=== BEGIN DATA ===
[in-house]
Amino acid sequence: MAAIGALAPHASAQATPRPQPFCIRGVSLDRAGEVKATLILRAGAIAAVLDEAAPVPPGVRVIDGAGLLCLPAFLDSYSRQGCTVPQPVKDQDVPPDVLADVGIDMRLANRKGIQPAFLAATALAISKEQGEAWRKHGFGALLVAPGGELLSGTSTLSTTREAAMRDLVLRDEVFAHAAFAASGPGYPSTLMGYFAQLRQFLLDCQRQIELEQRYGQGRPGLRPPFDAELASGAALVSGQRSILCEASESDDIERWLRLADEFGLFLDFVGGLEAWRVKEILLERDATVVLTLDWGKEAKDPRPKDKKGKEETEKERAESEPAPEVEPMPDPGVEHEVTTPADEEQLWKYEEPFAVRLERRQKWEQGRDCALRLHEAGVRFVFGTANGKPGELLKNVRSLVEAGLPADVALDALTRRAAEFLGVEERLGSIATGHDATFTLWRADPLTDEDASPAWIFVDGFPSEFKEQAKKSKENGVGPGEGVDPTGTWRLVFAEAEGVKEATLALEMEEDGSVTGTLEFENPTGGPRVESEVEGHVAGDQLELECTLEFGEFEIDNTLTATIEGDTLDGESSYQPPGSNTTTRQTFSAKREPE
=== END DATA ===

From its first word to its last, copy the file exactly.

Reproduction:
[in-house]
Amino acid sequence: MAAIGALAPHASAQATPRPQPFCIRGVSLDRAGEVKATLILRAGAIAAVLDEAAPVPPGVRVIDGAGLLCLPAFLDSYSRQGCTVPQPVKDQDVPPDVLADVGIDMRLANRKGIQPAFLAATALAISKEQGEAWRKHGFGALLVAPGGELLSGTSTLSTTREAAMRDLVLRDEVFAHAAFAASGPGYPSTLMGYFAQLRQFLLDCQRQIELEQRYGQGRPGLRPPFDAELASGAALVSGQRSILCEASESDDIERWLRLADEFGLFLDFVGGLEAWRVKEILLERDATVVLTLDWGKEAKDPRPKDKKGKEETEKERAESEPAPEVEPMPDPGVEHEVTTPADEEQLWKYEEPFAVRLERRQKWEQGRDCALRLHEAGVRFVFGTANGKPGELLKNVRSLVEAGLPADVALDALTRRAAEFLGVEERLGSIATGHDATFTLWRADPLTDEDASPAWIFVDGFPSEFKEQAKKSKENGVGPGEGVDPTGTWRLVFAEAEGVKEATLALEMEEDGSVTGTLEFENPTGGPRVESEVEGHVAGDQLELECTLEFGEFEIDNTLTATIEGDTLDGESSYQPPGSNTTTRQTFSAKREPE